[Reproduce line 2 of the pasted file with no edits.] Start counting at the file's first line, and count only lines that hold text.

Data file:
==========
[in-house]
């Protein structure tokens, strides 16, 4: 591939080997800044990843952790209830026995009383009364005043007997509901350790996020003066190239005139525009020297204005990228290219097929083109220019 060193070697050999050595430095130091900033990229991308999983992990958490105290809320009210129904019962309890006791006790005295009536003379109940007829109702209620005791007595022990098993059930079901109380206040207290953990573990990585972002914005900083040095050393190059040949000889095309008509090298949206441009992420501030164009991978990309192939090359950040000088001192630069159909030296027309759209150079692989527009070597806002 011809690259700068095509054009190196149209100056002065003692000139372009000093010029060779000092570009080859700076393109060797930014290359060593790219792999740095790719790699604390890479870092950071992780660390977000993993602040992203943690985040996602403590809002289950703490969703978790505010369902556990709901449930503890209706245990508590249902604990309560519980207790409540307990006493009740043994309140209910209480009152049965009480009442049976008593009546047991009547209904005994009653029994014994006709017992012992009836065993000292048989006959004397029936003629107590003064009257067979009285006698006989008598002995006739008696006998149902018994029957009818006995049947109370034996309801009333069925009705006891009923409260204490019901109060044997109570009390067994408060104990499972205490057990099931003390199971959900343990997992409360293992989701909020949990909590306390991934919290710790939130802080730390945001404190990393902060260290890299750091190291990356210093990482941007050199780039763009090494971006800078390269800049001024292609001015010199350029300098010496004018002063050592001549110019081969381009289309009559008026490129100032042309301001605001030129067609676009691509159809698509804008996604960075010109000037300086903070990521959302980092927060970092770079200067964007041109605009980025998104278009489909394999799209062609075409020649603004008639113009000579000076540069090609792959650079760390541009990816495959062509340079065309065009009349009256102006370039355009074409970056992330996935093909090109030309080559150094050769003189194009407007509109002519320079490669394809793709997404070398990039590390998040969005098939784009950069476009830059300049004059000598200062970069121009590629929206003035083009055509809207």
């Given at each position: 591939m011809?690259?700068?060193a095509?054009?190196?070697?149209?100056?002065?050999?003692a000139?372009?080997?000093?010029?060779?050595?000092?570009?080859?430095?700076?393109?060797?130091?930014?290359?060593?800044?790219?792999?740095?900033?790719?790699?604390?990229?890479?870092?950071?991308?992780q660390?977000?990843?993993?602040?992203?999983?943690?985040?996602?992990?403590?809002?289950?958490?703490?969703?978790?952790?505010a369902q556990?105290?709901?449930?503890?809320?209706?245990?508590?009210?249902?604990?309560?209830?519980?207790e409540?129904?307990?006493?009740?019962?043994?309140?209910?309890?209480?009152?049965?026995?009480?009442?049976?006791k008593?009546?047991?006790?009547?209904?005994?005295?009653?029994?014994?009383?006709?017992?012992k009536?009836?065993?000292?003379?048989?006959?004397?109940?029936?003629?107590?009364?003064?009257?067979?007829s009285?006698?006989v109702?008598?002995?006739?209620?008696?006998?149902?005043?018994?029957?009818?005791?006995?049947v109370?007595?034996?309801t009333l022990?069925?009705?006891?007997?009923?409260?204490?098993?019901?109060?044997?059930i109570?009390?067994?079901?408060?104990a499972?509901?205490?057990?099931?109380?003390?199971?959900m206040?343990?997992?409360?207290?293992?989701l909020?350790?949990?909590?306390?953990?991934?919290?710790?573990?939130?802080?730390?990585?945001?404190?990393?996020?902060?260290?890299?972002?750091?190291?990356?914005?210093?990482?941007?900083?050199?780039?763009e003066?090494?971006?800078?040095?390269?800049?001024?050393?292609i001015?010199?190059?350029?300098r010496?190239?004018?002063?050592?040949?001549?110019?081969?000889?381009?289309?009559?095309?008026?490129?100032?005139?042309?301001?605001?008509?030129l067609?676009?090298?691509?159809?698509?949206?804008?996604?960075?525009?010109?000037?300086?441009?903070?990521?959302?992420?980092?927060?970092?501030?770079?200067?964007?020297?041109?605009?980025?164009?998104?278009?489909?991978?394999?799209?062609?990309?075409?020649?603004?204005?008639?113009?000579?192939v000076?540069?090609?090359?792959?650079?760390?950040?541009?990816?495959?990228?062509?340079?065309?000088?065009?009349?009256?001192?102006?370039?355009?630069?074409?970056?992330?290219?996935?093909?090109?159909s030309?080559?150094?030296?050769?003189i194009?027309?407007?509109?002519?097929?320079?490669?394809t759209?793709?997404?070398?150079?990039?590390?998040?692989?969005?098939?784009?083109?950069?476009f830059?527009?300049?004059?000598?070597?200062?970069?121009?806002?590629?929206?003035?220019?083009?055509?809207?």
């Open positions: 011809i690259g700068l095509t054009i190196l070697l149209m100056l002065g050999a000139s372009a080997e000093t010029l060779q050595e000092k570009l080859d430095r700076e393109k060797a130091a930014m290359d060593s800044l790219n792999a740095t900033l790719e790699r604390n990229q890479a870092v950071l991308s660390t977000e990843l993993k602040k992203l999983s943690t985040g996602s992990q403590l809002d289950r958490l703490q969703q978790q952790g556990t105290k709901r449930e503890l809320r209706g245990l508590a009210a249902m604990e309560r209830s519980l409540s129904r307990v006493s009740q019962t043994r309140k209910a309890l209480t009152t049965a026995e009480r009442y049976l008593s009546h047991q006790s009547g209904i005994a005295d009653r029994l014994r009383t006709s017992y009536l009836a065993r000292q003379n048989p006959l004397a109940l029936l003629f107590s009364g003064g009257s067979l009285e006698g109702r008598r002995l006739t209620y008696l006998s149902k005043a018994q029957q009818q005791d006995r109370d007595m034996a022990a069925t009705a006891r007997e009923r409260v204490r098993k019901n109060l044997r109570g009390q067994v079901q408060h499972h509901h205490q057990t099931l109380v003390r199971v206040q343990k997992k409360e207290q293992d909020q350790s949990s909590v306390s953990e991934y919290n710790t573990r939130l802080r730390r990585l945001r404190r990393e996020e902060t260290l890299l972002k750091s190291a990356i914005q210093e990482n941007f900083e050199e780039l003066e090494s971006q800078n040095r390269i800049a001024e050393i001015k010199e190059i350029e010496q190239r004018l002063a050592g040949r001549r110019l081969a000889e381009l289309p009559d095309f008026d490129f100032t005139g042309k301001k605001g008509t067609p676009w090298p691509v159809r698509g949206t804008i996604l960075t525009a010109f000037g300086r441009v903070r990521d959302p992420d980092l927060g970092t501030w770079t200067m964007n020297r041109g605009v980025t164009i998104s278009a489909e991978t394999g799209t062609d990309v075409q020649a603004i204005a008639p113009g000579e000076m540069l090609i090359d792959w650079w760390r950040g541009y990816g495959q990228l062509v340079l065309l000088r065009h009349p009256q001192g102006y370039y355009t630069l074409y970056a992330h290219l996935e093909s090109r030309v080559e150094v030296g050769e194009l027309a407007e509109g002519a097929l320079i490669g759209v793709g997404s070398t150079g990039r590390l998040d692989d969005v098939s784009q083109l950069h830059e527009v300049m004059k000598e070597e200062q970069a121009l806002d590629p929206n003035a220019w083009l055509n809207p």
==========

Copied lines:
């Protein structure tokens, strides 16, 4: 591939080997800044990843952790209830026995009383009364005043007997509901350790996020003066190239005139525009020297204005990228290219097929083109220019 060193070697050999050595430095130091900033990229991308999983992990958490105290809320009210129904019962309890006791006790005295009536003379109940007829109702209620005791007595022990098993059930079901109380206040207290953990573990990585972002914005900083040095050393190059040949000889095309008509090298949206441009992420501030164009991978990309192939090359950040000088001192630069159909030296027309759209150079692989527009070597806002 011809690259700068095509054009190196149209100056002065003692000139372009000093010029060779000092570009080859700076393109060797930014290359060593790219792999740095790719790699604390890479870092950071992780660390977000993993602040992203943690985040996602403590809002289950703490969703978790505010369902556990709901449930503890209706245990508590249902604990309560519980207790409540307990006493009740043994309140209910209480009152049965009480009442049976008593009546047991009547209904005994009653029994014994006709017992012992009836065993000292048989006959004397029936003629107590003064009257067979009285006698006989008598002995006739008696006998149902018994029957009818006995049947109370034996309801009333069925009705006891009923409260204490019901109060044997109570009390067994408060104990499972205490057990099931003390199971959900343990997992409360293992989701909020949990909590306390991934919290710790939130802080730390945001404190990393902060260290890299750091190291990356210093990482941007050199780039763009090494971006800078390269800049001024292609001015010199350029300098010496004018002063050592001549110019081969381009289309009559008026490129100032042309301001605001030129067609676009691509159809698509804008996604960075010109000037300086903070990521959302980092927060970092770079200067964007041109605009980025998104278009489909394999799209062609075409020649603004008639113009000579000076540069090609792959650079760390541009990816495959062509340079065309065009009349009256102006370039355009074409970056992330996935093909090109030309080559150094050769003189194009407007509109002519320079490669394809793709997404070398990039590390998040969005098939784009950069476009830059300049004059000598200062970069121009590629929206003035083009055509809207």